The oak root system

The oak root system

The roots of the oaks

Immediately after an acorn has germinated, the gardener can notice that small, strong roots develop at the lower end of the fruit, which sink downwards. These are the so-called tap roots. Small runners form on the sides of these taproots that look like small hairs.

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The taproot provides the oak with all the necessary nutrients and water. The oak's root system is so strong that it penetrates even compacted soil layers.

The upper small roots reach the same dimensions as the tree top just below the surface of the earth.

Oak trees are stormproof

Due to their root system, oaks are considered to be particularly storm-proof, because the long tap roots grow many meters deep into the ground. They give the tree a high level of stability.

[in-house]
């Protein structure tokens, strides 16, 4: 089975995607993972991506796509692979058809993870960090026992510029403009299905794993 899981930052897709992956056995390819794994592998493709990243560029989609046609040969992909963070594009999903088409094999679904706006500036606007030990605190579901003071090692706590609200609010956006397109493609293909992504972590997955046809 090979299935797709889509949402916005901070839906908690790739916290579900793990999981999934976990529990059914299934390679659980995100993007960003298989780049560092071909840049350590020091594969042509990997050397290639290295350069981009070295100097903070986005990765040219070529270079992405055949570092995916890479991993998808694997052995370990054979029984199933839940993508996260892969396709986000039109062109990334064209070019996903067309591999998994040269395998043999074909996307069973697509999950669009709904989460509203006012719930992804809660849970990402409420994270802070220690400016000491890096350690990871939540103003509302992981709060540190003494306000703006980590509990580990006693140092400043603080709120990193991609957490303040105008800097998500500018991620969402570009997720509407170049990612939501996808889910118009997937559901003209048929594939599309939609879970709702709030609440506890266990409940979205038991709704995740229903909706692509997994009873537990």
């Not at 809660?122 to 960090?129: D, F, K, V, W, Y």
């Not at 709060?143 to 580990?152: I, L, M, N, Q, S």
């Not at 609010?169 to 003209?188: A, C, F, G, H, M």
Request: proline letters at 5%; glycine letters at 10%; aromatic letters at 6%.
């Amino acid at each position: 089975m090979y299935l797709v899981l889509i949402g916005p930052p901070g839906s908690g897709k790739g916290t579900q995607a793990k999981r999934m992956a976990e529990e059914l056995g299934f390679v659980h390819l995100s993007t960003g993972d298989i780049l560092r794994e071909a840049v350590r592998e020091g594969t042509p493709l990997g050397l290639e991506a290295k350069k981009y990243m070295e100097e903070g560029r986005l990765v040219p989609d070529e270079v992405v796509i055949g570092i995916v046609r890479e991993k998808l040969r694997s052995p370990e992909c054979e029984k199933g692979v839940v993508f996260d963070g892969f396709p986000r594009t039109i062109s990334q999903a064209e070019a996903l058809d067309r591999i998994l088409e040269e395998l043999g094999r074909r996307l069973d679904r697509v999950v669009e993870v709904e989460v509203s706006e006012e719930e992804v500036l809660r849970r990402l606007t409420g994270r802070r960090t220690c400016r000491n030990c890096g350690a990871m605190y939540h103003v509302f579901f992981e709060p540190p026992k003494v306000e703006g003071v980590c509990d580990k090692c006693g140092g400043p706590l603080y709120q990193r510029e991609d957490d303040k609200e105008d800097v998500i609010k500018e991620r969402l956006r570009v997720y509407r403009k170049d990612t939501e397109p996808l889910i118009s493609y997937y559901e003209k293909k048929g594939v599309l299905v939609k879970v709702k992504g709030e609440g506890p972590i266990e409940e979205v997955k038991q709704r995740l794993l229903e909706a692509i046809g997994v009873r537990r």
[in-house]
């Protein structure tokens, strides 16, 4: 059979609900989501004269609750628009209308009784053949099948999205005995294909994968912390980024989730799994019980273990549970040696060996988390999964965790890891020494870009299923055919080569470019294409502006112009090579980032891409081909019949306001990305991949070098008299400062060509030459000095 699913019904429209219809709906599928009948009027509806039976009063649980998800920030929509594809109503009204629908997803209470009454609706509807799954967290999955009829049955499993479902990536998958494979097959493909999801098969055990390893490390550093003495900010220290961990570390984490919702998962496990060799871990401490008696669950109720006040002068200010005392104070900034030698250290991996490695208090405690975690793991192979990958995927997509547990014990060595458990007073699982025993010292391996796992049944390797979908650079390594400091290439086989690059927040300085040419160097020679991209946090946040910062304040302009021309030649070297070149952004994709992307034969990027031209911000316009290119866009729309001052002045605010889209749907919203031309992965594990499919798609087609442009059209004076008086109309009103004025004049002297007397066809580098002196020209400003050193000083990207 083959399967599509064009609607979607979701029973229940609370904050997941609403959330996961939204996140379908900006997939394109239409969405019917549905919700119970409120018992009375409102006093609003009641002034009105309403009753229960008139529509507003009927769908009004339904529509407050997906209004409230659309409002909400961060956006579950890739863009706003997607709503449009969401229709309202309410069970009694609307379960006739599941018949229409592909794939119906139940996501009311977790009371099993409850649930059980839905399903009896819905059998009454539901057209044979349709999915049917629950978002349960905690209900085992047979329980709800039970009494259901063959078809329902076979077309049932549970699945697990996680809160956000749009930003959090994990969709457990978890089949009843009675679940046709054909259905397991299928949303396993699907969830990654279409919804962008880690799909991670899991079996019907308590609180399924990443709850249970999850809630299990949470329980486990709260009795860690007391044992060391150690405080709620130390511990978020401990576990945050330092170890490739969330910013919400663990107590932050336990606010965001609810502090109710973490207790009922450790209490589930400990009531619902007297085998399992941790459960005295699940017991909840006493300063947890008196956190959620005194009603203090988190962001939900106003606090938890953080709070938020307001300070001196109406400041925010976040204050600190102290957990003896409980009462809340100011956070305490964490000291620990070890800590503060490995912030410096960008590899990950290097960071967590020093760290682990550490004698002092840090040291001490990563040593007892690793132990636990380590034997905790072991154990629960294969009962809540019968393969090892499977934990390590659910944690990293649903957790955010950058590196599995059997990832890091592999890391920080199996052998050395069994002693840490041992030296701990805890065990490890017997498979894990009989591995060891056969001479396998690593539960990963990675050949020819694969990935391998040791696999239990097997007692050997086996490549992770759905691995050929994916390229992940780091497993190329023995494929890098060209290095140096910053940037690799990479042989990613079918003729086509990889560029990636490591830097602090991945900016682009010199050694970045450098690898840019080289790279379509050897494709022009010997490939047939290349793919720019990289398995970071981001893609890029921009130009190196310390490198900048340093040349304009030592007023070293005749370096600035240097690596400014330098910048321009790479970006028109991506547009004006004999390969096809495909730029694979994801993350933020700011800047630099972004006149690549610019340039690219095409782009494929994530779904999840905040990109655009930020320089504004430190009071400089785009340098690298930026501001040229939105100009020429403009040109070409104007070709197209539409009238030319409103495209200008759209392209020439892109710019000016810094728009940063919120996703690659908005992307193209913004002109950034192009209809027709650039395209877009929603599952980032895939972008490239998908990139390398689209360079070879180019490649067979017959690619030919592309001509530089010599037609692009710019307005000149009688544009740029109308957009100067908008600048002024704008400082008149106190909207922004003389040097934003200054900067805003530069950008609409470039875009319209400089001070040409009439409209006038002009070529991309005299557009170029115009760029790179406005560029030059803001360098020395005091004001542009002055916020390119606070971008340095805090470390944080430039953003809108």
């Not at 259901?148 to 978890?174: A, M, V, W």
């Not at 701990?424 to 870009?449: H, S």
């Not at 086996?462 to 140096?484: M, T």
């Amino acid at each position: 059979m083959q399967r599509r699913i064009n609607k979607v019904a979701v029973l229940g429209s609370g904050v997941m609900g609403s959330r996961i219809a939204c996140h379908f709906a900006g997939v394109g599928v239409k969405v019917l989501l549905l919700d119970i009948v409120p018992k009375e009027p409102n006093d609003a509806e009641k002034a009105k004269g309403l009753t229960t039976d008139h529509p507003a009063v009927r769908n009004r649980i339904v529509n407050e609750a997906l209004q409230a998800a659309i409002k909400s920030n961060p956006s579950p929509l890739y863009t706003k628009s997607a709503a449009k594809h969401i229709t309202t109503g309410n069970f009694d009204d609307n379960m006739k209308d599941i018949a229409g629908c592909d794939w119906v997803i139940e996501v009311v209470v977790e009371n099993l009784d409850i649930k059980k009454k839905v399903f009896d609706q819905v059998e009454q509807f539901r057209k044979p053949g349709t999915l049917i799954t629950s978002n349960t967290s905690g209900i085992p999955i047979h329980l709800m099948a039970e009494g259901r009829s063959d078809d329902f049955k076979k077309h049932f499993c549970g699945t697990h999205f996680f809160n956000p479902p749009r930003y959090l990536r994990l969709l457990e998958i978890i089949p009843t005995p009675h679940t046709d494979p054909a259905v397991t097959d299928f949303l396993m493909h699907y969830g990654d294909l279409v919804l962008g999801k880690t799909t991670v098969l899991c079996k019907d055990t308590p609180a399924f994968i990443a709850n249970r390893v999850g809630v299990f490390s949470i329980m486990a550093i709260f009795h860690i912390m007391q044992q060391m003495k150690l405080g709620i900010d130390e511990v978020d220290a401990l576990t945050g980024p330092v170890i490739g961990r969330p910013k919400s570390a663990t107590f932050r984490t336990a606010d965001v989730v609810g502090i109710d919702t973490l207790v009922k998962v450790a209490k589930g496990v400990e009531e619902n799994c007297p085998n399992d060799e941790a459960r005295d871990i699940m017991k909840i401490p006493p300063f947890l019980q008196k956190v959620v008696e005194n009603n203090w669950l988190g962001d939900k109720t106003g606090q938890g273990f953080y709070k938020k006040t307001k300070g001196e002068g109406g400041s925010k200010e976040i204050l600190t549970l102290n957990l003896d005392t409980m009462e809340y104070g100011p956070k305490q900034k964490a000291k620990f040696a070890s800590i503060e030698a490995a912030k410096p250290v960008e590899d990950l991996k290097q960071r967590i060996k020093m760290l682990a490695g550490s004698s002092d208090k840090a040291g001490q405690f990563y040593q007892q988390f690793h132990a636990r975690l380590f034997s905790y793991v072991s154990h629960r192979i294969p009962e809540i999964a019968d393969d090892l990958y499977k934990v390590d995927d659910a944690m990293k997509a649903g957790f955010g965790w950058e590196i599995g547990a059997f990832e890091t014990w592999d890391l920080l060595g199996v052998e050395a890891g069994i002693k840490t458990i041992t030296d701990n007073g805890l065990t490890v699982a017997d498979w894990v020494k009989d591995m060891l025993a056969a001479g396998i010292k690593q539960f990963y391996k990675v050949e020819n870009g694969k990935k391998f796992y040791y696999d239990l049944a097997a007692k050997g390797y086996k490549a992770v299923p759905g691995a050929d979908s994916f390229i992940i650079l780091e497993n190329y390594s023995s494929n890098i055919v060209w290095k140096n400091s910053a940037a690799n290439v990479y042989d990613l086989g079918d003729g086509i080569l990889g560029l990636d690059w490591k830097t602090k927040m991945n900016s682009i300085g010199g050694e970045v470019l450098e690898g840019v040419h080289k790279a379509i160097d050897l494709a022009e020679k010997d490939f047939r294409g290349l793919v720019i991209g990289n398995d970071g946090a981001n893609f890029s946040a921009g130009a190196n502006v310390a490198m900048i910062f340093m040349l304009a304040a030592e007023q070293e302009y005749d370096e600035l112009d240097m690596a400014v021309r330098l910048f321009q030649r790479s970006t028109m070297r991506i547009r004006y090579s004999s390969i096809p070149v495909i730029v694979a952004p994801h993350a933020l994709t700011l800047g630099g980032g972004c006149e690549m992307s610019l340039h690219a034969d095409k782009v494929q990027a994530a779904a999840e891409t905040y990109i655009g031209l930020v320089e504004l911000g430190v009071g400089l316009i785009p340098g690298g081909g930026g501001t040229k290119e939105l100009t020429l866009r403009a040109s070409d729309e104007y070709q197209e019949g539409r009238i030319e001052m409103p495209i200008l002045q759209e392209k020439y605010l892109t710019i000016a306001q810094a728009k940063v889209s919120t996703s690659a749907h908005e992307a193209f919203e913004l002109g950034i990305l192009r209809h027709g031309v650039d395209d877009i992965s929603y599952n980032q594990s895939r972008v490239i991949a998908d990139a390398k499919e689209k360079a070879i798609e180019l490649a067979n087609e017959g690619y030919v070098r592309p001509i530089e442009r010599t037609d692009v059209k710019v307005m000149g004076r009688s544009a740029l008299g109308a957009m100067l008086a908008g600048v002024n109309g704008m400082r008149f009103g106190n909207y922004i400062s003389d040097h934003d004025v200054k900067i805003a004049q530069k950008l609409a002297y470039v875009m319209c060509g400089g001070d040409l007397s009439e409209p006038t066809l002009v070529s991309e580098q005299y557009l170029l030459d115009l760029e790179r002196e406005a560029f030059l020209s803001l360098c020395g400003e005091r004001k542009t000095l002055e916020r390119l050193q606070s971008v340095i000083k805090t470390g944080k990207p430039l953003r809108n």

The tree is not uprooted even in strong storms. At most, the branches break off or the trunk divides.

Be careful when transplanting

Because of their root system, you should only transplant oak trees when they are still young. As soon as the trees have reached a height of two meters, it hardly ever works.

This is because with older oaks it is almost impossible to dig the long taproots out of the ground undamaged.

If the tap roots are kinked or even torn off, this usually leads to the tree's death.

Tips & Tricks

Thanks to their long tap roots, oaks can extract nutrients and water from very deep layers of the earth. It is therefore not necessary to fertilize or water older oak trees in the garden.